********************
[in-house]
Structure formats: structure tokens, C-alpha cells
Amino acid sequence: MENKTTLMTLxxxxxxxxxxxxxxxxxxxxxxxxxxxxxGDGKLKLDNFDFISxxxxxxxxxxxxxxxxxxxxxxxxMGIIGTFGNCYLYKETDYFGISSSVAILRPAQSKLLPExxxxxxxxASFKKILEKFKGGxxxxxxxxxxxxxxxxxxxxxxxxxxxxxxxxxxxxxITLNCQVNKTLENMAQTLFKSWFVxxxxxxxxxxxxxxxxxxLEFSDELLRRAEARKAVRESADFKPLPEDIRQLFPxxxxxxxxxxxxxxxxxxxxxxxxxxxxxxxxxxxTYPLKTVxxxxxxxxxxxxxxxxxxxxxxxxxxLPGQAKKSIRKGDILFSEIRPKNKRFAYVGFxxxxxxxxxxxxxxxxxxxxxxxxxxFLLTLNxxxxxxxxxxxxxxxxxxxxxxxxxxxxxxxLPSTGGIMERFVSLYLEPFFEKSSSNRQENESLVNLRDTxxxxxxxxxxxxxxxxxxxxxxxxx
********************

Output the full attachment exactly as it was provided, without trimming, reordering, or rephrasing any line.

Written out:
[in-house]
Structure formats: structure tokens, C-alpha cells
Amino acid sequence: MENKTTLMTLxxxxxxxxxxxxxxxxxxxxxxxxxxxxxGDGKLKLDNFDFISxxxxxxxxxxxxxxxxxxxxxxxxMGIIGTFGNCYLYKETDYFGISSSVAILRPAQSKLLPExxxxxxxxASFKKILEKFKGGxxxxxxxxxxxxxxxxxxxxxxxxxxxxxxxxxxxxxITLNCQVNKTLENMAQTLFKSWFVxxxxxxxxxxxxxxxxxxLEFSDELLRRAEARKAVRESADFKPLPEDIRQLFPxxxxxxxxxxxxxxxxxxxxxxxxxxxxxxxxxxxTYPLKTVxxxxxxxxxxxxxxxxxxxxxxxxxxLPGQAKKSIRKGDILFSEIRPKNKRFAYVGFxxxxxxxxxxxxxxxxxxxxxxxxxxFLLTLNxxxxxxxxxxxxxxxxxxxxxxxxxxxxxxxLPSTGGIMERFVSLYLEPFFEKSSSNRQENESLVNLRDTxxxxxxxxxxxxxxxxxxxxxxxxx